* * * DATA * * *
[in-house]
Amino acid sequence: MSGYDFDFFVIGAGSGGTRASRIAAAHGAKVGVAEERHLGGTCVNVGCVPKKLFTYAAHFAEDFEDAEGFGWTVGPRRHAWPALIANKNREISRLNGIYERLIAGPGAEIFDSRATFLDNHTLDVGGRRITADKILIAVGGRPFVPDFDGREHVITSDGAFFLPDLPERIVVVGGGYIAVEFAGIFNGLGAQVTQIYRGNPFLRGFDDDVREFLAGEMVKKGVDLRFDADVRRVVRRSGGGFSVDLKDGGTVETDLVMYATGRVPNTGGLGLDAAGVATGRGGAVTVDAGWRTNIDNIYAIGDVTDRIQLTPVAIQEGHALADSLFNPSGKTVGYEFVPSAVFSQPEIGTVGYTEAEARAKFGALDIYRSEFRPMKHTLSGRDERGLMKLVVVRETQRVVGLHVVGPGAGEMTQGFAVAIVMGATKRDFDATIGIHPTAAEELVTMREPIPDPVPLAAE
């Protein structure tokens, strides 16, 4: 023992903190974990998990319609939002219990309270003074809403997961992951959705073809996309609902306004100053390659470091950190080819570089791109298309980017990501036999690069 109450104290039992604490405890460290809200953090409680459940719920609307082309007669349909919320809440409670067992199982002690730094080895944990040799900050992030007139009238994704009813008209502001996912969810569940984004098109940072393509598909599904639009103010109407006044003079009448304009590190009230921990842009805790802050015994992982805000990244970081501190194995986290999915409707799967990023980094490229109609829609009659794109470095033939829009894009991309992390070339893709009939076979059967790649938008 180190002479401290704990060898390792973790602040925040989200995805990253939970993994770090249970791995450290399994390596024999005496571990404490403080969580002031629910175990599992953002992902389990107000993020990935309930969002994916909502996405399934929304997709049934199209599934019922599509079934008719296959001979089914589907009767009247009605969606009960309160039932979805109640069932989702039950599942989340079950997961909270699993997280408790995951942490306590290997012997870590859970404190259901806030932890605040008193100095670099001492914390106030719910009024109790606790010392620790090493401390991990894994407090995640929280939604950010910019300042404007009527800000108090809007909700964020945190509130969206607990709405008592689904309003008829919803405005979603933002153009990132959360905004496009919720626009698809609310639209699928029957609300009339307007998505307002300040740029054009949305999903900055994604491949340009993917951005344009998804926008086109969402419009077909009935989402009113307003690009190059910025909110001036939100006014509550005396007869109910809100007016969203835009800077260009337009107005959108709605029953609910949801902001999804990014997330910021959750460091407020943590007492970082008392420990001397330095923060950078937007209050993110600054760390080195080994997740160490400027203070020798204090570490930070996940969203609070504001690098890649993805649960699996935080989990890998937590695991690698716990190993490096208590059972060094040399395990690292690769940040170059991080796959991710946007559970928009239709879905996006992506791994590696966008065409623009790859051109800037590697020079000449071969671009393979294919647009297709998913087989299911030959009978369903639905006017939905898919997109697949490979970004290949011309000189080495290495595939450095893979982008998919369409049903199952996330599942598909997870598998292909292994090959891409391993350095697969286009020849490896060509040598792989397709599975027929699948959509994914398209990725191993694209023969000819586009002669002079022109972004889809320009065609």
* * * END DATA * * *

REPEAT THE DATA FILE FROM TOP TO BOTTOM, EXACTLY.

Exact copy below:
[in-house]
Amino acid sequence: MSGYDFDFFVIGAGSGGTRASRIAAAHGAKVGVAEERHLGGTCVNVGCVPKKLFTYAAHFAEDFEDAEGFGWTVGPRRHAWPALIANKNREISRLNGIYERLIAGPGAEIFDSRATFLDNHTLDVGGRRITADKILIAVGGRPFVPDFDGREHVITSDGAFFLPDLPERIVVVGGGYIAVEFAGIFNGLGAQVTQIYRGNPFLRGFDDDVREFLAGEMVKKGVDLRFDADVRRVVRRSGGGFSVDLKDGGTVETDLVMYATGRVPNTGGLGLDAAGVATGRGGAVTVDAGWRTNIDNIYAIGDVTDRIQLTPVAIQEGHALADSLFNPSGKTVGYEFVPSAVFSQPEIGTVGYTEAEARAKFGALDIYRSEFRPMKHTLSGRDERGLMKLVVVRETQRVVGLHVVGPGAGEMTQGFAVAIVMGATKRDFDATIGIHPTAAEELVTMREPIPDPVPLAAE
């Protein structure tokens, strides 16, 4: 023992903190974990998990319609939002219990309270003074809403997961992951959705073809996309609902306004100053390659470091950190080819570089791109298309980017990501036999690069 109450104290039992604490405890460290809200953090409680459940719920609307082309007669349909919320809440409670067992199982002690730094080895944990040799900050992030007139009238994704009813008209502001996912969810569940984004098109940072393509598909599904639009103010109407006044003079009448304009590190009230921990842009805790802050015994992982805000990244970081501190194995986290999915409707799967990023980094490229109609829609009659794109470095033939829009894009991309992390070339893709009939076979059967790649938008 180190002479401290704990060898390792973790602040925040989200995805990253939970993994770090249970791995450290399994390596024999005496571990404490403080969580002031629910175990599992953002992902389990107000993020990935309930969002994916909502996405399934929304997709049934199209599934019922599509079934008719296959001979089914589907009767009247009605969606009960309160039932979805109640069932989702039950599942989340079950997961909270699993997280408790995951942490306590290997012997870590859970404190259901806030932890605040008193100095670099001492914390106030719910009024109790606790010392620790090493401390991990894994407090995640929280939604950010910019300042404007009527800000108090809007909700964020945190509130969206607990709405008592689904309003008829919803405005979603933002153009990132959360905004496009919720626009698809609310639209699928029957609300009339307007998505307002300040740029054009949305999903900055994604491949340009993917951005344009998804926008086109969402419009077909009935989402009113307003690009190059910025909110001036939100006014509550005396007869109910809100007016969203835009800077260009337009107005959108709605029953609910949801902001999804990014997330910021959750460091407020943590007492970082008392420990001397330095923060950078937007209050993110600054760390080195080994997740160490400027203070020798204090570490930070996940969203609070504001690098890649993805649960699996935080989990890998937590695991690698716990190993490096208590059972060094040399395990690292690769940040170059991080796959991710946007559970928009239709879905996006992506791994590696966008065409623009790859051109800037590697020079000449071969671009393979294919647009297709998913087989299911030959009978369903639905006017939905898919997109697949490979970004290949011309000189080495290495595939450095893979982008998919369409049903199952996330599942598909997870598998292909292994090959891409391993350095697969286009020849490896060509040598792989397709599975027929699948959509994914398209990725191993694209023969000819586009002669002079022109972004889809320009065609």